The neuroscience behind leading authentically.


Humans are social beings – ok duh, but hear me out. Thinking way (way way) back to our ancestors, at the most basic level, social connectedness meant your chances for survival and reproduction increased.

Studies have proven that the more socially connected you are, the better physical and psychological health you’re in. Those who experience social exclusion? Not so healthy.

So when we look at our inherent need for survival, our social needs play a huuuuuge part in why we behave the way that we do.

Get this.

Our brain processes social pain using the same circuitry that processes physical pain. This circuitry was originally built to alert us of danger, protecting ourselves from injuries. E.G. we feel pain when biting our tongue. This pain stops us from biting through it and making eating (therefore surviving) veeeery difficult.

So, when we feel that our social needs are threatened, our brain perceives that threat with the same intensity as physical pain. Typically, we want to avoid the source of pain by fighting it, withdrawing from it, even making concessions to fit in and around it.

In the context of authenticity, this could look like “d*ckish” behaviour (you know what I mean), making yourself small and not speaking up, or talking (and even dressing) in a way that doesn’t feel comfortable.

Because we have an inherent social need to fit in and be accepted. Remember: social connectedness increased our chances of thriving and surviving…and still does.

We fear being judged or embarrassed if we act in alignment with our true selves and it’s NOT “good enough”. Rightly or wrongly, we tend to value other people’s opinions and their expectations on what’s acceptable or not.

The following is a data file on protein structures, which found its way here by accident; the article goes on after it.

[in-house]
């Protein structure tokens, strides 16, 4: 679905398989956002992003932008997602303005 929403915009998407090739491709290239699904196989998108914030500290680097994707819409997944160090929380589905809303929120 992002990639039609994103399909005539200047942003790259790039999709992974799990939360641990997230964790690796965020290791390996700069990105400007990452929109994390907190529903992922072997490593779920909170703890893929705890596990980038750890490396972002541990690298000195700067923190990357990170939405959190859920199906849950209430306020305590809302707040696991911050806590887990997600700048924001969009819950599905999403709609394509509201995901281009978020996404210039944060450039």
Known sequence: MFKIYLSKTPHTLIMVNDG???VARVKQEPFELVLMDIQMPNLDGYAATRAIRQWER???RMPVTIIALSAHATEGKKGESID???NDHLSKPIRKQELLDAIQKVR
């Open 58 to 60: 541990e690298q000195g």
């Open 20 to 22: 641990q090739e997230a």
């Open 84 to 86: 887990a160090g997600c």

This can help to explain why living and leading authentically can be so challenging. Why we can bend to social pressure, adapt who we are and act differently around those we perceive to have a higher social standing.

This sense of psychological safety impacts how we function. If we feel that we’re unable to be ourselves, it affects our mental and emotional wellbeing. And I don’t have to go in to how this impacts your ability to perform at work and your impact as a leader. You know.

So, amongst all this social pressure, how can you be your most authentic self?


1. Discover what you stand for

I know it sounds cheesy it comes down to your values.  Let me ask you this: when was the last time you intentionally thought about what it means to be you? What do you value?

Try this exercise:

Write down everything that you stand for. Not type, actually use pen and paper (science also tells us that this increase retention/impact). Move past surface level. You may write down things like “I’m honest, I’m kind, I have integrity” but I encourage you to really dig deeper.

Get all up in your business!

You may end up with a collection of 30+ values. I suggest narrowing the list down to no more than 5  (because you can't be all the things) and then dive deep into those. Explore where these values may have come from and why. WHYYYYY?!